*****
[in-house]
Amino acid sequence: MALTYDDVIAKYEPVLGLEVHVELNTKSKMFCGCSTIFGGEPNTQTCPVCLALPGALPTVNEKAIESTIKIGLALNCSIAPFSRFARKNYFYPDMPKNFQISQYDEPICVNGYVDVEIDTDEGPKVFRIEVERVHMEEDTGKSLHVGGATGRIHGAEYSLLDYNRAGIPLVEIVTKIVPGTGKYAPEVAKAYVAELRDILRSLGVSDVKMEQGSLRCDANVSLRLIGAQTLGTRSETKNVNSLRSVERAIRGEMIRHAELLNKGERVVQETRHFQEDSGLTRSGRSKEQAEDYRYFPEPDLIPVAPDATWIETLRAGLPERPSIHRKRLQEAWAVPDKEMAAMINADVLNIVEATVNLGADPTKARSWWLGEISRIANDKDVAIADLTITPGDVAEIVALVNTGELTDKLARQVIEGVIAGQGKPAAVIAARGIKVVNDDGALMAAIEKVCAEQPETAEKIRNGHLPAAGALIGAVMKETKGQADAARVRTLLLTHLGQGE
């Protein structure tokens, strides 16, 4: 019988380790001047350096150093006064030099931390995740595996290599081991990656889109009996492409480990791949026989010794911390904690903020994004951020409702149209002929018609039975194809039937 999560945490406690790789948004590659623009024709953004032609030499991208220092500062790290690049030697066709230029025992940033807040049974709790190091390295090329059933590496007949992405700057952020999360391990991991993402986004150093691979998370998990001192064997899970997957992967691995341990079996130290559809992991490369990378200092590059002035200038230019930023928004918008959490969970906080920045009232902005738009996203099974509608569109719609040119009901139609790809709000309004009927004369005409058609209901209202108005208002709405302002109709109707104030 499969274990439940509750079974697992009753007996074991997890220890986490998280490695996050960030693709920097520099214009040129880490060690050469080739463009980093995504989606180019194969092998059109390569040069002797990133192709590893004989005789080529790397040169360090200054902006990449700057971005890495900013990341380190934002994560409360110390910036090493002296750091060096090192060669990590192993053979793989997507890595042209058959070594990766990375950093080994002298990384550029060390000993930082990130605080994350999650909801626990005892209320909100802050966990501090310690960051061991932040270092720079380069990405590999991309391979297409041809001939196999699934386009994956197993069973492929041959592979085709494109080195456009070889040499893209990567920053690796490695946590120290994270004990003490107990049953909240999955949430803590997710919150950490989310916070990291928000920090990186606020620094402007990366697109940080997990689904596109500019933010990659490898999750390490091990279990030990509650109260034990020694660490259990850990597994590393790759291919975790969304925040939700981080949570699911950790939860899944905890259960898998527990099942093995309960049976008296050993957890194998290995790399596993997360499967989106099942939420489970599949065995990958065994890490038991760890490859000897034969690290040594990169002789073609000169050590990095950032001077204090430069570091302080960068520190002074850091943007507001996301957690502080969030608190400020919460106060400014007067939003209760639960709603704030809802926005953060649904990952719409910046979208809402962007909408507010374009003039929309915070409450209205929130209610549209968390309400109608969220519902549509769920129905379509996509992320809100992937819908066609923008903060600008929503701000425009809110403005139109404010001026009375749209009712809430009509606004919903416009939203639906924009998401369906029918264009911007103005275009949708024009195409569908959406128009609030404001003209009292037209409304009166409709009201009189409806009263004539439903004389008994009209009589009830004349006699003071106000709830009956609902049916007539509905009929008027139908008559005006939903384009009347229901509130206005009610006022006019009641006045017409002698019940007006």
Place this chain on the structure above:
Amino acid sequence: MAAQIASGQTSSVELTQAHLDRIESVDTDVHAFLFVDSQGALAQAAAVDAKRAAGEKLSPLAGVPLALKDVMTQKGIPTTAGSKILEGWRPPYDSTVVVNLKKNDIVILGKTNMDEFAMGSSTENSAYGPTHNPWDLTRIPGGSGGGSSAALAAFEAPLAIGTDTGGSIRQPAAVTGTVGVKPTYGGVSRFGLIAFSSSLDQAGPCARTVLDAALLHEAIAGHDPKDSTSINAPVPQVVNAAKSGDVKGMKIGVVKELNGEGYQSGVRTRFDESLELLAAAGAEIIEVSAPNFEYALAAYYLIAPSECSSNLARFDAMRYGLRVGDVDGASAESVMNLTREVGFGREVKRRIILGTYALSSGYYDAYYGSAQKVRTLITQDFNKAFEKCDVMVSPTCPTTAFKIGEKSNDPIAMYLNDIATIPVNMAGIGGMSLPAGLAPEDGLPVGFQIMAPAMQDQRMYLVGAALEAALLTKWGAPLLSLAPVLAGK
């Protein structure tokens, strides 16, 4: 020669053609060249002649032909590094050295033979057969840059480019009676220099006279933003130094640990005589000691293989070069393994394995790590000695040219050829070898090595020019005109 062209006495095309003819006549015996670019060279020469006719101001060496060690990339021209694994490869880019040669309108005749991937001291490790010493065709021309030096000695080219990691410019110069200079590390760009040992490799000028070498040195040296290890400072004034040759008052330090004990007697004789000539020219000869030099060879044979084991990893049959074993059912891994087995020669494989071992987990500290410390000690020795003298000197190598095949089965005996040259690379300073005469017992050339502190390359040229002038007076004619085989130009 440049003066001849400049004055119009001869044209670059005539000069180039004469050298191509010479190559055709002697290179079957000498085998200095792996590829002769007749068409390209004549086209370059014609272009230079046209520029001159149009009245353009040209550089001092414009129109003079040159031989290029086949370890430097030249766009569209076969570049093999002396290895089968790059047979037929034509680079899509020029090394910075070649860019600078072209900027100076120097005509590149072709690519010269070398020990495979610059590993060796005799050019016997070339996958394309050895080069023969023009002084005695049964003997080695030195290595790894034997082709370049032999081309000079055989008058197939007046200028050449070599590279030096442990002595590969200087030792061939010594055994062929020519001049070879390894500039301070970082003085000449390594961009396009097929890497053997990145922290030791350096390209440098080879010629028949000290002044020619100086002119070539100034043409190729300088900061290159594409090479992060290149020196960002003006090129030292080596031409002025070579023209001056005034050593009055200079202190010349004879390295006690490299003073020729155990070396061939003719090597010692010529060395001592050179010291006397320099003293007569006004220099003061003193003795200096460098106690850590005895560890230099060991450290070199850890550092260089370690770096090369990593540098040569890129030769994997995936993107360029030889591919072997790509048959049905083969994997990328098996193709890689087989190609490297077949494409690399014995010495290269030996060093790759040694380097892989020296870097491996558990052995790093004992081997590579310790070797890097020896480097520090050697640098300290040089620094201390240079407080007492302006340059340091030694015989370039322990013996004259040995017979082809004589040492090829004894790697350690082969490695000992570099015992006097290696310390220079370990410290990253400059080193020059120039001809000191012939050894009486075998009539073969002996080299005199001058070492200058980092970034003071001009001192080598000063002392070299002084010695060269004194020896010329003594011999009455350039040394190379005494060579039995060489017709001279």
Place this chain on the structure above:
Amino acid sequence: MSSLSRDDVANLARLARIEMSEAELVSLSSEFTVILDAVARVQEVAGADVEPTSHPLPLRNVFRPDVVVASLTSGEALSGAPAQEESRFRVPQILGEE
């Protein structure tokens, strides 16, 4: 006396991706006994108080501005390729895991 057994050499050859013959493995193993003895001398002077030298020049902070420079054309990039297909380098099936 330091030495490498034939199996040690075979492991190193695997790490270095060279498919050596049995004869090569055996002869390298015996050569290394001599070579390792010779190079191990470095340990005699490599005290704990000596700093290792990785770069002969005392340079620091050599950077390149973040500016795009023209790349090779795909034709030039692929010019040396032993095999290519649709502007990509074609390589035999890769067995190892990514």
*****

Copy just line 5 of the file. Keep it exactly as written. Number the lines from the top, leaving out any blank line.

Amino acid sequence: MAAQIASGQTSSVELTQAHLDRIESVDTDVHAFLFVDSQGALAQAAAVDAKRAAGEKLSPLAGVPLALKDVMTQKGIPTTAGSKILEGWRPPYDSTVVVNLKKNDIVILGKTNMDEFAMGSSTENSAYGPTHNPWDLTRIPGGSGGGSSAALAAFEAPLAIGTDTGGSIRQPAAVTGTVGVKPTYGGVSRFGLIAFSSSLDQAGPCARTVLDAALLHEAIAGHDPKDSTSINAPVPQVVNAAKSGDVKGMKIGVVKELNGEGYQSGVRTRFDESLELLAAAGAEIIEVSAPNFEYALAAYYLIAPSECSSNLARFDAMRYGLRVGDVDGASAESVMNLTREVGFGREVKRRIILGTYALSSGYYDAYYGSAQKVRTLITQDFNKAFEKCDVMVSPTCPTTAFKIGEKSNDPIAMYLNDIATIPVNMAGIGGMSLPAGLAPEDGLPVGFQIMAPAMQDQRMYLVGAALEAALLTKWGAPLLSLAPVLAGK